Pay for Post-secondary School

Can I apply for OSAP as a refugee?

One of the main sources of post-secondary financial assistance is OSAP – the Ontario Student Assistance Program.

In 2003, the Canadian law changed allowing convention refugee students and all protected persons in Canada, eligible to apply for Canadian Student Loans.

Protected persons and refugees are those who have been legally recognized by the Immigration and Refugee Board (IRB) and who have a Letter of Determination from the IRB or from Citizenship and Immigration Canada (CIC).

Find a Job and Pay for Your School

Pay for your Post-Secondary Education while Working

Need help paying for your school? A great way to pay for tuition, books and transportation for school is working part-time while studying. It is a great way to make money, meet new people and gain valuable experience when you graduate. Paying for your post-secondary education can be a rewarding expereince.

In order to find a job in Ontario, you will need a number of things:

What are scholarships, grants and bursaries?

Paying for post-secondary education can be expensive. Government loans such as OSAP (The Ontario Student Assistance Program) are helpful but will leave you with debt. There are other ways to pay for school.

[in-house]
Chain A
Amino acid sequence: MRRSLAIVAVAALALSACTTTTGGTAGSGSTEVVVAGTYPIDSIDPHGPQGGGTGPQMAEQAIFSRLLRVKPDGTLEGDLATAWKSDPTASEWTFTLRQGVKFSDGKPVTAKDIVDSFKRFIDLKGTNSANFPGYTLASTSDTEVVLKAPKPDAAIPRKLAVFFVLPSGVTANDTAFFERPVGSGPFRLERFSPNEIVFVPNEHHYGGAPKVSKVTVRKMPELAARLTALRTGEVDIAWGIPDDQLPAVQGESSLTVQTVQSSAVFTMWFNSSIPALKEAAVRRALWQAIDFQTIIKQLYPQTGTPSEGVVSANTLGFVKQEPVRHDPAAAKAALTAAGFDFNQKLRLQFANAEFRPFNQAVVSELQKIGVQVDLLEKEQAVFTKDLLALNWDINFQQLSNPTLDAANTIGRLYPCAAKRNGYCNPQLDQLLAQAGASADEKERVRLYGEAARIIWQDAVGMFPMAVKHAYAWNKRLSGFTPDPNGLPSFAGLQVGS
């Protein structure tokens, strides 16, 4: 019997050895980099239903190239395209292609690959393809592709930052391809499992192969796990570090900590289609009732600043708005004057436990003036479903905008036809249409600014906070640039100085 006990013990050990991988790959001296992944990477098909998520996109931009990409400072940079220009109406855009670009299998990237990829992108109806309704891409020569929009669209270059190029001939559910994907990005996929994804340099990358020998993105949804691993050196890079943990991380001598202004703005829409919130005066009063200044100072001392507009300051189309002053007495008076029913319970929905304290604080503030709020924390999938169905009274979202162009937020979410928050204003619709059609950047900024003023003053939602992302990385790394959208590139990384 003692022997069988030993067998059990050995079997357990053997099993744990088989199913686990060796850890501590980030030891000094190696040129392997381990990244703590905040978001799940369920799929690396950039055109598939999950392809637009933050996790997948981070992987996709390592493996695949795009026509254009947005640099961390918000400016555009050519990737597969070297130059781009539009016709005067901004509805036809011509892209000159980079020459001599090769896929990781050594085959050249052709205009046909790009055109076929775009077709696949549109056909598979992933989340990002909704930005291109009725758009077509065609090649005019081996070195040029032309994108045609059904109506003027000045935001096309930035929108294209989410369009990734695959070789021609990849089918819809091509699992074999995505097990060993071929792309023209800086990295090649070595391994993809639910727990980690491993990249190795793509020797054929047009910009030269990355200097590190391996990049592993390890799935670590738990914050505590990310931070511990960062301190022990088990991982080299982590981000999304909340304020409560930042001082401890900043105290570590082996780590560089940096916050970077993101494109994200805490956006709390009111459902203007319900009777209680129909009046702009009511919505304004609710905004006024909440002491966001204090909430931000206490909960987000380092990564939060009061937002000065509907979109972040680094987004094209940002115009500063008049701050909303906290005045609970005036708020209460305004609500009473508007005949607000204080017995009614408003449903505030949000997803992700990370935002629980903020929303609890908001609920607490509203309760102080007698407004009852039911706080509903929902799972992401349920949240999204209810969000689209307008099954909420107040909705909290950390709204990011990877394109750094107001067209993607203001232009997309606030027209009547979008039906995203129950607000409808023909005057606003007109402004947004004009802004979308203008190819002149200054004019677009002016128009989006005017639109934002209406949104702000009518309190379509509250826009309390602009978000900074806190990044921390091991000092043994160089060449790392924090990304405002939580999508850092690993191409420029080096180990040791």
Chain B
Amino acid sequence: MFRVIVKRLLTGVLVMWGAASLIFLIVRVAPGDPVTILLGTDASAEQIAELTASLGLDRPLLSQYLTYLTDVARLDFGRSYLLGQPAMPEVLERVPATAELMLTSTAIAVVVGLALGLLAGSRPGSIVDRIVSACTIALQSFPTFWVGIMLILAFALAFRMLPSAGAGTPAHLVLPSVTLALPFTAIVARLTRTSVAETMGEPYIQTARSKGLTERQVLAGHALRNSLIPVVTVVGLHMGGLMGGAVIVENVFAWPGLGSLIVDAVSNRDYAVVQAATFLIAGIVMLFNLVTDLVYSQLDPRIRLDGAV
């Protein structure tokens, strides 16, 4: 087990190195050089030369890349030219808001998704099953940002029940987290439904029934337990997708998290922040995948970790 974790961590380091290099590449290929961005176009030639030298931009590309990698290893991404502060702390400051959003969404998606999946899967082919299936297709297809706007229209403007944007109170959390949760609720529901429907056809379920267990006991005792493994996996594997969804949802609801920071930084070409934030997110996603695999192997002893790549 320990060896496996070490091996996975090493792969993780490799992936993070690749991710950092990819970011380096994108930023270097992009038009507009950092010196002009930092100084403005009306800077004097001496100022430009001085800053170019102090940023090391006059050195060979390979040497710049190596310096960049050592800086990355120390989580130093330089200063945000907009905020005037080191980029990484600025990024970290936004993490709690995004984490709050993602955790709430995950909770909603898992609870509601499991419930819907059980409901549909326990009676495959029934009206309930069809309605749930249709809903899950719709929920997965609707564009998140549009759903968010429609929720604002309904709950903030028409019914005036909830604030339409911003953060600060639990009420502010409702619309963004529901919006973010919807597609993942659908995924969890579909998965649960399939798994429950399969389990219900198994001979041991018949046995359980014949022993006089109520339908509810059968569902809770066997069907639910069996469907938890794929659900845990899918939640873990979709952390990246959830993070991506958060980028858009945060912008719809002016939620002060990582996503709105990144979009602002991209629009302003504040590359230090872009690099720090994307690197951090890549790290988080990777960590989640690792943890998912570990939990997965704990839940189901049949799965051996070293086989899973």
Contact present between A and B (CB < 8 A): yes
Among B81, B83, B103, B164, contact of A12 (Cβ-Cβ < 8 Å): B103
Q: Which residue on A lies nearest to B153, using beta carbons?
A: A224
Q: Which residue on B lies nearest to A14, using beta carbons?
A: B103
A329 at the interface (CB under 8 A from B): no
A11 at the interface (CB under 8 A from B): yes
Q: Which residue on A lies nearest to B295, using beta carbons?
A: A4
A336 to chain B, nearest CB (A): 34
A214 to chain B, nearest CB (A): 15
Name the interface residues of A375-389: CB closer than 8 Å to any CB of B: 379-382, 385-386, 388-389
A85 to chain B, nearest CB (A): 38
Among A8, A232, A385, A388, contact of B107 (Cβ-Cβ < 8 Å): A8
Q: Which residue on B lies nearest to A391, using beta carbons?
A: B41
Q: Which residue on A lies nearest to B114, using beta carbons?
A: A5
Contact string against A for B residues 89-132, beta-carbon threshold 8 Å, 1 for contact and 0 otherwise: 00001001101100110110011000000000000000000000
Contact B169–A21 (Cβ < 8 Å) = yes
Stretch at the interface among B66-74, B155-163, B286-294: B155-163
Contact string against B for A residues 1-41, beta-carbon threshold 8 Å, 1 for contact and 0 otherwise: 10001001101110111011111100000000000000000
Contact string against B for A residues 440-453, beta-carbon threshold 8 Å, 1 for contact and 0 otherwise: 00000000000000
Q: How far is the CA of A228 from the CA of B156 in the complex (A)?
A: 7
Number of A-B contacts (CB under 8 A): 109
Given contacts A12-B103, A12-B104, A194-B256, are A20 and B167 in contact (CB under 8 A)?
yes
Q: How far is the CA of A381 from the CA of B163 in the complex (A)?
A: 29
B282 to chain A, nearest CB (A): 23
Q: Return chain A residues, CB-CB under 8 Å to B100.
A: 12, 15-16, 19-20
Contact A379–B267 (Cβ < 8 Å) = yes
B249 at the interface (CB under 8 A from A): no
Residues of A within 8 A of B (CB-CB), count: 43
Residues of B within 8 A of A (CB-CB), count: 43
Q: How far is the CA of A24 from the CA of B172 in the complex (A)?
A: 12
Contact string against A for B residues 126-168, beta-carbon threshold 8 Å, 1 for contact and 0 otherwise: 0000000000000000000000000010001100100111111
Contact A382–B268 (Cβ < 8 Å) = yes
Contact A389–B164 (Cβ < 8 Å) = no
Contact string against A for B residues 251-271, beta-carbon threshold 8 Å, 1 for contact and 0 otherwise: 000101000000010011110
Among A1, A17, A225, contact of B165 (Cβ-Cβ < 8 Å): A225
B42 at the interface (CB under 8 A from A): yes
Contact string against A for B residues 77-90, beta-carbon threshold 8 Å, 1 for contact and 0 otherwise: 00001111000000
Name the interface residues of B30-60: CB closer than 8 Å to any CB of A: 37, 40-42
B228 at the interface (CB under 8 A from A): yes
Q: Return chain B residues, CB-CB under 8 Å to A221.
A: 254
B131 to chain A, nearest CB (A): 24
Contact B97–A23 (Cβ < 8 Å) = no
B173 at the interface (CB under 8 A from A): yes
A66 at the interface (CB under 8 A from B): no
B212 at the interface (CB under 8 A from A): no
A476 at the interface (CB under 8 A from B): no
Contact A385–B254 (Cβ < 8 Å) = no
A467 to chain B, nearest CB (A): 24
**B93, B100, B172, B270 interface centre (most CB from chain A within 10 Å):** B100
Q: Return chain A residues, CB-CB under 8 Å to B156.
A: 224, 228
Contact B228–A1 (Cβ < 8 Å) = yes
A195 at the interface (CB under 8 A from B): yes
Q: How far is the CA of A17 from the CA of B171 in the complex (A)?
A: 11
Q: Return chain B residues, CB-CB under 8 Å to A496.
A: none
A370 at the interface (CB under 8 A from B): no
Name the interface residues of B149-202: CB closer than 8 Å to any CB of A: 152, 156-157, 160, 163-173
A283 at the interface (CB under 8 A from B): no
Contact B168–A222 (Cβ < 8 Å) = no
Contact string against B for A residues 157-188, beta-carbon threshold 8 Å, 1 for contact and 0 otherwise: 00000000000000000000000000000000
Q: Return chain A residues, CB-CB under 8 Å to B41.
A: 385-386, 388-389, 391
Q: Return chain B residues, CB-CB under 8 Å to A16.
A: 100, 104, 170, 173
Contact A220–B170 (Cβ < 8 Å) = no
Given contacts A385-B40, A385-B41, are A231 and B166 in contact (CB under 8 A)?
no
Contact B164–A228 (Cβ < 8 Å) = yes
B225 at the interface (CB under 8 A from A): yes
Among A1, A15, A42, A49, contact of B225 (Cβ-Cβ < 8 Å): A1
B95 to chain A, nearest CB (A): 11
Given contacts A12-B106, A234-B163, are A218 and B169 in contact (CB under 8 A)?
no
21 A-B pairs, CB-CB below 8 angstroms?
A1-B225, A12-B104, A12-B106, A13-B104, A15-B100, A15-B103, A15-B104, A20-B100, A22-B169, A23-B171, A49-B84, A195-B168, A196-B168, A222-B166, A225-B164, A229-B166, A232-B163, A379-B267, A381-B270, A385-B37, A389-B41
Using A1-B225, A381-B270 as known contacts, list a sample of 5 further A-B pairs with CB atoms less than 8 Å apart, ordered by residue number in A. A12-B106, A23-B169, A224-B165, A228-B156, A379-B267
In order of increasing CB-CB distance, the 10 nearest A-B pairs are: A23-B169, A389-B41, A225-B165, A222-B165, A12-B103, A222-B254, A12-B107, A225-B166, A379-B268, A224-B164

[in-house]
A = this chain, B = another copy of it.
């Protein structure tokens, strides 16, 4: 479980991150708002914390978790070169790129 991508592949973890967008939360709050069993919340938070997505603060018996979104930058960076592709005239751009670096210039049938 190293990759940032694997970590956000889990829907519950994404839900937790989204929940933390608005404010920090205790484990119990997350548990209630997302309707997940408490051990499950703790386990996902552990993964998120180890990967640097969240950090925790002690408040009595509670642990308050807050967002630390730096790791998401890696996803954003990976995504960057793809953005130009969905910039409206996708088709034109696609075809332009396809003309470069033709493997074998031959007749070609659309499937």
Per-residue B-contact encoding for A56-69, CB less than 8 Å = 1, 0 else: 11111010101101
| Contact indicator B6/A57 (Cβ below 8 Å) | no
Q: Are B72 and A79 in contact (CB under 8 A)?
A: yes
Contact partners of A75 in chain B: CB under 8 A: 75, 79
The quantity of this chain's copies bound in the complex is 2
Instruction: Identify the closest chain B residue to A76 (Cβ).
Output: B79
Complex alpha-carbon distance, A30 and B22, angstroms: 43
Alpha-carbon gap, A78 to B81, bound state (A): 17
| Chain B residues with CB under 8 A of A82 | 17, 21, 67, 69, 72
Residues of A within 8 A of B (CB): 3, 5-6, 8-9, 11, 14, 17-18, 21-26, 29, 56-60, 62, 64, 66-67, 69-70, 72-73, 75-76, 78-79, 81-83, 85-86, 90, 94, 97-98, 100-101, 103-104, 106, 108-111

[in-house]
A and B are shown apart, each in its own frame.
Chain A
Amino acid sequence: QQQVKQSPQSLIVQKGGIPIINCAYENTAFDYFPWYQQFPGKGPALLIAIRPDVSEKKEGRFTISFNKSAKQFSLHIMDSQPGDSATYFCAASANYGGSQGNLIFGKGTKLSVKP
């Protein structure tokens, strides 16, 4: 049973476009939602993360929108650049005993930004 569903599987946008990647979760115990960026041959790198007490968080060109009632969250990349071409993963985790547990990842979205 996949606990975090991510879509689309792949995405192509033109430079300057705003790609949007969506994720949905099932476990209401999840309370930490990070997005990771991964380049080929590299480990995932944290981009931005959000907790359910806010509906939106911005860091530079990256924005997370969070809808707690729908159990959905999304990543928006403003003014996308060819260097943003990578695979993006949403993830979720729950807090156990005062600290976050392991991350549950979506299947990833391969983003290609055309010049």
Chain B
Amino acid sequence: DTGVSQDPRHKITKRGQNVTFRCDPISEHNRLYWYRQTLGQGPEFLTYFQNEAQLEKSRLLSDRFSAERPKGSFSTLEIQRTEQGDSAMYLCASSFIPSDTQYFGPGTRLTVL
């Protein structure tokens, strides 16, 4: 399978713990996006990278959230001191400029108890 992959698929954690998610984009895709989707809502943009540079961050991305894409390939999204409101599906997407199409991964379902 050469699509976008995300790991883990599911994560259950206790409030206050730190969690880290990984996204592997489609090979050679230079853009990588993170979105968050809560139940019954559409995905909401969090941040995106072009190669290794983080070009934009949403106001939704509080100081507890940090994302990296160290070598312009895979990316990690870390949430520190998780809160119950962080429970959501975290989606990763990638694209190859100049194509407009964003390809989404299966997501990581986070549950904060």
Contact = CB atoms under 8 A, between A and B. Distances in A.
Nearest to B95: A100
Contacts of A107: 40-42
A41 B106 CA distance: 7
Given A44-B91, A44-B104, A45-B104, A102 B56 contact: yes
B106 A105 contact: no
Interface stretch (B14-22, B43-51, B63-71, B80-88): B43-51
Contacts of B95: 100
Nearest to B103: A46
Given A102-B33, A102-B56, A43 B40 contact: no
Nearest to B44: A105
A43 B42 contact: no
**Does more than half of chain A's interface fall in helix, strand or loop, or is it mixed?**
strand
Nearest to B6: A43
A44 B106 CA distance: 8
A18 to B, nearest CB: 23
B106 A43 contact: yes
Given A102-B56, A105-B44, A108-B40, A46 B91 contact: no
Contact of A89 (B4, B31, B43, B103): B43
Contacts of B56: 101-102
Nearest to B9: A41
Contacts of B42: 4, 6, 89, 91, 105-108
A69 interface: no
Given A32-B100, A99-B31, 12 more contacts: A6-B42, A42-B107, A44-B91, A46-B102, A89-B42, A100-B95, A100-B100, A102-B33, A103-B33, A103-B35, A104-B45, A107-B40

If you get high grades or demonstrate financial need, you may qualify for scholarships, grants and bursaries. These are money gifts from your school, government organizations, private donors and individuals that you do not have to pay back

What is OSAP?

Do you want to go to college or university but can’t afford to pay for it? Think about applying for the Ontario Student Assistance Program (OSAP).

OSAP offers financial aid to eligible students who want to attend public or private post-secondary school. OSAP can fund your education through:

  • Grants: money you don't have to pay back
  • Loans: money you have to pay back, with interest, after you graduate

You’re automatically considered for both grants and loans when you apply for OSAP, but you have the option of declining the loan.

Should I Work While Studying?

If you’re a university or college student, one thing is for sure: you’re pretty busy these days! Between class time, assignments, spending time with your friends and grocery shopping and cleaning (especially if you’re living on your own) you’ve got a ton going on. Still, even though studying is your top priority, there are some good reasons to push yourself a little harder and take on a part-time job.